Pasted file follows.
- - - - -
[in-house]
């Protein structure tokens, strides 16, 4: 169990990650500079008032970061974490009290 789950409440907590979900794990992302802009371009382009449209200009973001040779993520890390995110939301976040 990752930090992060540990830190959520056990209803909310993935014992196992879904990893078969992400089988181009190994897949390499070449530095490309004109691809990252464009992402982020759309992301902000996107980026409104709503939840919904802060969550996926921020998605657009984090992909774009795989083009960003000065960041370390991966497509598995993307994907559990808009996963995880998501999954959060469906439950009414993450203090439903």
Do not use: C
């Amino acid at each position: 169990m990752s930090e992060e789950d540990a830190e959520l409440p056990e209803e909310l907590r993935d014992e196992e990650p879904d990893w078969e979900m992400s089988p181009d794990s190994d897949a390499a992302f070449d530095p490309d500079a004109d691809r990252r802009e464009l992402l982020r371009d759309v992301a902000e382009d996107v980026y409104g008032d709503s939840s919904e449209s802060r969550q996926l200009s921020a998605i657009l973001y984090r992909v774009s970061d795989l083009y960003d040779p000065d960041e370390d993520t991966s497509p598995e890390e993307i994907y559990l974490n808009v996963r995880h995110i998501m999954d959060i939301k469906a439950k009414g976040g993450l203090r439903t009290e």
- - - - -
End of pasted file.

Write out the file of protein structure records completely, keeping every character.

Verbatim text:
[in-house]
């Protein structure tokens, strides 16, 4: 169990990650500079008032970061974490009290 789950409440907590979900794990992302802009371009382009449209200009973001040779993520890390995110939301976040 990752930090992060540990830190959520056990209803909310993935014992196992879904990893078969992400089988181009190994897949390499070449530095490309004109691809990252464009992402982020759309992301902000996107980026409104709503939840919904802060969550996926921020998605657009984090992909774009795989083009960003000065960041370390991966497509598995993307994907559990808009996963995880998501999954959060469906439950009414993450203090439903």
Do not use: C
């Amino acid at each position: 169990m990752s930090e992060e789950d540990a830190e959520l409440p056990e209803e909310l907590r993935d014992e196992e990650p879904d990893w078969e979900m992400s089988p181009d794990s190994d897949a390499a992302f070449d530095p490309d500079a004109d691809r990252r802009e464009l992402l982020r371009d759309v992301a902000e382009d996107v980026y409104g008032d709503s939840s919904e449209s802060r969550q996926l200009s921020a998605i657009l973001y984090r992909v774009s970061d795989l083009y960003d040779p000065d960041e370390d993520t991966s497509p598995e890390e993307i994907y559990l974490n808009v996963r995880h995110i998501m999954d959060i939301k469906a439950k009414g976040g993450l203090r439903t009290e």